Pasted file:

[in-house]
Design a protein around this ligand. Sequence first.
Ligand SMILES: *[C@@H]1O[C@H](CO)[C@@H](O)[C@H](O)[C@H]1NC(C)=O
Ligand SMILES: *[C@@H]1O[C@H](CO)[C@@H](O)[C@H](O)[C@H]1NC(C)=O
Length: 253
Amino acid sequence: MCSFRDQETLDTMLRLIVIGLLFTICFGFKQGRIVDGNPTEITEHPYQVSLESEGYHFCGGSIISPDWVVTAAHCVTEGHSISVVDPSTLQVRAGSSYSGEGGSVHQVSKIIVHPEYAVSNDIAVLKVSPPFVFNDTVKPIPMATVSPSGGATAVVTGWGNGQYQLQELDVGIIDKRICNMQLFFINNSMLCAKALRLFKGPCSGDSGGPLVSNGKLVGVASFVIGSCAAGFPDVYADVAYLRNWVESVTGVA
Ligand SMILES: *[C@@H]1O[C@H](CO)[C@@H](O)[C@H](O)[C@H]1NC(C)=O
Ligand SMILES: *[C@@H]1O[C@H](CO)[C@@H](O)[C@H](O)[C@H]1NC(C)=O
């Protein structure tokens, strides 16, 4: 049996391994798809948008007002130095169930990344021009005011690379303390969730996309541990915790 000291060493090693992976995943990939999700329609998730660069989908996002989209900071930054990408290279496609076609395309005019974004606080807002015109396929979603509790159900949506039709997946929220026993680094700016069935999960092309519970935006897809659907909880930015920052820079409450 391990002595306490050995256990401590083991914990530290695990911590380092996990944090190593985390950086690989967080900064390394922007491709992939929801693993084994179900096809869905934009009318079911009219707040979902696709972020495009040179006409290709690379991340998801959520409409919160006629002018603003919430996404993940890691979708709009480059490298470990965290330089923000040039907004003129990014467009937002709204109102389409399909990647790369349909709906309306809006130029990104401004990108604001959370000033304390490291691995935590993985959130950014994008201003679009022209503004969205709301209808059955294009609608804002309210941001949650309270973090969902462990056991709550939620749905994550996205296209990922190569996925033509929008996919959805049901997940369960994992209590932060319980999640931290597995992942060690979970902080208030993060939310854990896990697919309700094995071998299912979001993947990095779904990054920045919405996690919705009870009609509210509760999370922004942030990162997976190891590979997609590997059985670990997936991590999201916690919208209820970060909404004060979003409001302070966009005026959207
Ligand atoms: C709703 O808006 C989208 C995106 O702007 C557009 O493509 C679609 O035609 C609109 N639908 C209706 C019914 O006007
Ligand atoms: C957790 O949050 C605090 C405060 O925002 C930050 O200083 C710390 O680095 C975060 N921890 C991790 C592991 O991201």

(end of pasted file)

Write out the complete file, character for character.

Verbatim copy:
[in-house]
Design a protein around this ligand. Sequence first.
Ligand SMILES: *[C@@H]1O[C@H](CO)[C@@H](O)[C@H](O)[C@H]1NC(C)=O
Ligand SMILES: *[C@@H]1O[C@H](CO)[C@@H](O)[C@H](O)[C@H]1NC(C)=O
Length: 253
Amino acid sequence: MCSFRDQETLDTMLRLIVIGLLFTICFGFKQGRIVDGNPTEITEHPYQVSLESEGYHFCGGSIISPDWVVTAAHCVTEGHSISVVDPSTLQVRAGSSYSGEGGSVHQVSKIIVHPEYAVSNDIAVLKVSPPFVFNDTVKPIPMATVSPSGGATAVVTGWGNGQYQLQELDVGIIDKRICNMQLFFINNSMLCAKALRLFKGPCSGDSGGPLVSNGKLVGVASFVIGSCAAGFPDVYADVAYLRNWVESVTGVA
Ligand SMILES: *[C@@H]1O[C@H](CO)[C@@H](O)[C@H](O)[C@H]1NC(C)=O
Ligand SMILES: *[C@@H]1O[C@H](CO)[C@@H](O)[C@H](O)[C@H]1NC(C)=O
């Protein structure tokens, strides 16, 4: 049996391994798809948008007002130095169930990344021009005011690379303390969730996309541990915790 000291060493090693992976995943990939999700329609998730660069989908996002989209900071930054990408290279496609076609395309005019974004606080807002015109396929979603509790159900949506039709997946929220026993680094700016069935999960092309519970935006897809659907909880930015920052820079409450 391990002595306490050995256990401590083991914990530290695990911590380092996990944090190593985390950086690989967080900064390394922007491709992939929801693993084994179900096809869905934009009318079911009219707040979902696709972020495009040179006409290709690379991340998801959520409409919160006629002018603003919430996404993940890691979708709009480059490298470990965290330089923000040039907004003129990014467009937002709204109102389409399909990647790369349909709906309306809006130029990104401004990108604001959370000033304390490291691995935590993985959130950014994008201003679009022209503004969205709301209808059955294009609608804002309210941001949650309270973090969902462990056991709550939620749905994550996205296209990922190569996925033509929008996919959805049901997940369960994992209590932060319980999640931290597995992942060690979970902080208030993060939310854990896990697919309700094995071998299912979001993947990095779904990054920045919405996690919705009870009609509210509760999370922004942030990162997976190891590979997609590997059985670990997936991590999201916690919208209820970060909404004060979003409001302070966009005026959207
Ligand atoms: C709703 O808006 C989208 C995106 O702007 C557009 O493509 C679609 O035609 C609109 N639908 C209706 C019914 O006007
Ligand atoms: C957790 O949050 C605090 C405060 O925002 C930050 O200083 C710390 O680095 C975060 N921890 C991790 C592991 O991201």